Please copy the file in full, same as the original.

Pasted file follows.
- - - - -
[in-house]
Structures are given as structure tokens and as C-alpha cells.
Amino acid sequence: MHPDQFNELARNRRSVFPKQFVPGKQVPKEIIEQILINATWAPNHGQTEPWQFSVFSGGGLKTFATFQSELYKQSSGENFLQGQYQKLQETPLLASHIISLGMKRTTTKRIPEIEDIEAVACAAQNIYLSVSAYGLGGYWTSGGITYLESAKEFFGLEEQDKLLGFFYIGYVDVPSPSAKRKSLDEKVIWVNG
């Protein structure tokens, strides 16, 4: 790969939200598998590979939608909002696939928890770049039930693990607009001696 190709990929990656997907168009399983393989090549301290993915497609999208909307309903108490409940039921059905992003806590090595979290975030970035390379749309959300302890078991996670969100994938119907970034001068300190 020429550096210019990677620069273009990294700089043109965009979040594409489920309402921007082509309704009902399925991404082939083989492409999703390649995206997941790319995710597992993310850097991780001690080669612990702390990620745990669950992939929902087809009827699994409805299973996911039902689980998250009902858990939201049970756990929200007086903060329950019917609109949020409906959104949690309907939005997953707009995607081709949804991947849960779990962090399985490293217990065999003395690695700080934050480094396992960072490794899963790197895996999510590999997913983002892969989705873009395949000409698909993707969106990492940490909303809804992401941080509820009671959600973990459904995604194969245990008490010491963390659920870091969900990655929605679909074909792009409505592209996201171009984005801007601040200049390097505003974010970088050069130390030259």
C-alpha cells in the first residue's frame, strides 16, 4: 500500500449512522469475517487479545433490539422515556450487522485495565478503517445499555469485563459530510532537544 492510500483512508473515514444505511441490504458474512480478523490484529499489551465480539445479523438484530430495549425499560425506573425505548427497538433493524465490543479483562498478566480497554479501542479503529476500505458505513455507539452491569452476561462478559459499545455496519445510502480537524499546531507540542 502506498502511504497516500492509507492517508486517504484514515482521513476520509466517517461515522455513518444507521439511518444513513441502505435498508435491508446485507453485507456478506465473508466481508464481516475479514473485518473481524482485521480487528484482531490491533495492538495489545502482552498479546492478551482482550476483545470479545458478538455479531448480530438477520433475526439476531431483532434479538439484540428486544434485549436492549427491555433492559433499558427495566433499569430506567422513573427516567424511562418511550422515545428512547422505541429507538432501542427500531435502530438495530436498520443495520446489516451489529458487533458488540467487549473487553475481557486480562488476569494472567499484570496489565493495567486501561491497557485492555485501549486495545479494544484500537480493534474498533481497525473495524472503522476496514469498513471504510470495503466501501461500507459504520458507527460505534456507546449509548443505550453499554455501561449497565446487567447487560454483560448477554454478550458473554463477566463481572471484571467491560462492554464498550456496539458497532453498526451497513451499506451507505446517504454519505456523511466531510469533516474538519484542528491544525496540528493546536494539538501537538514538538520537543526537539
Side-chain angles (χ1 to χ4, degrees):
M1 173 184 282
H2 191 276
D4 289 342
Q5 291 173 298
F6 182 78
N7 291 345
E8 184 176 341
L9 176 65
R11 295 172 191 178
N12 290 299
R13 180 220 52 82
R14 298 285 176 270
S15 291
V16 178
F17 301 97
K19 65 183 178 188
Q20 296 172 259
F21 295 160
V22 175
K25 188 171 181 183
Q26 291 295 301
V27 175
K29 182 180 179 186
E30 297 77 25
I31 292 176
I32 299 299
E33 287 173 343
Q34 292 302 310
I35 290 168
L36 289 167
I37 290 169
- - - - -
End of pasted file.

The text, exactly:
[in-house]
Structures are given as structure tokens and as C-alpha cells.
Amino acid sequence: MHPDQFNELARNRRSVFPKQFVPGKQVPKEIIEQILINATWAPNHGQTEPWQFSVFSGGGLKTFATFQSELYKQSSGENFLQGQYQKLQETPLLASHIISLGMKRTTTKRIPEIEDIEAVACAAQNIYLSVSAYGLGGYWTSGGITYLESAKEFFGLEEQDKLLGFFYIGYVDVPSPSAKRKSLDEKVIWVNG
């Protein structure tokens, strides 16, 4: 790969939200598998590979939608909002696939928890770049039930693990607009001696 190709990929990656997907168009399983393989090549301290993915497609999208909307309903108490409940039921059905992003806590090595979290975030970035390379749309959300302890078991996670969100994938119907970034001068300190 020429550096210019990677620069273009990294700089043109965009979040594409489920309402921007082509309704009902399925991404082939083989492409999703390649995206997941790319995710597992993310850097991780001690080669612990702390990620745990669950992939929902087809009827699994409805299973996911039902689980998250009902858990939201049970756990929200007086903060329950019917609109949020409906959104949690309907939005997953707009995607081709949804991947849960779990962090399985490293217990065999003395690695700080934050480094396992960072490794899963790197895996999510590999997913983002892969989705873009395949000409698909993707969106990492940490909303809804992401941080509820009671959600973990459904995604194969245990008490010491963390659920870091969900990655929605679909074909792009409505592209996201171009984005801007601040200049390097505003974010970088050069130390030259």
C-alpha cells in the first residue's frame, strides 16, 4: 500500500449512522469475517487479545433490539422515556450487522485495565478503517445499555469485563459530510532537544 492510500483512508473515514444505511441490504458474512480478523490484529499489551465480539445479523438484530430495549425499560425506573425505548427497538433493524465490543479483562498478566480497554479501542479503529476500505458505513455507539452491569452476561462478559459499545455496519445510502480537524499546531507540542 502506498502511504497516500492509507492517508486517504484514515482521513476520509466517517461515522455513518444507521439511518444513513441502505435498508435491508446485507453485507456478506465473508466481508464481516475479514473485518473481524482485521480487528484482531490491533495492538495489545502482552498479546492478551482482550476483545470479545458478538455479531448480530438477520433475526439476531431483532434479538439484540428486544434485549436492549427491555433492559433499558427495566433499569430506567422513573427516567424511562418511550422515545428512547422505541429507538432501542427500531435502530438495530436498520443495520446489516451489529458487533458488540467487549473487553475481557486480562488476569494472567499484570496489565493495567486501561491497557485492555485501549486495545479494544484500537480493534474498533481497525473495524472503522476496514469498513471504510470495503466501501461500507459504520458507527460505534456507546449509548443505550453499554455501561449497565446487567447487560454483560448477554454478550458473554463477566463481572471484571467491560462492554464498550456496539458497532453498526451497513451499506451507505446517504454519505456523511466531510469533516474538519484542528491544525496540528493546536494539538501537538514538538520537543526537539
Side-chain angles (χ1 to χ4, degrees):
M1 173 184 282
H2 191 276
D4 289 342
Q5 291 173 298
F6 182 78
N7 291 345
E8 184 176 341
L9 176 65
R11 295 172 191 178
N12 290 299
R13 180 220 52 82
R14 298 285 176 270
S15 291
V16 178
F17 301 97
K19 65 183 178 188
Q20 296 172 259
F21 295 160
V22 175
K25 188 171 181 183
Q26 291 295 301
V27 175
K29 182 180 179 186
E30 297 77 25
I31 292 176
I32 299 299
E33 287 173 343
Q34 292 302 310
I35 290 168
L36 289 167
I37 290 169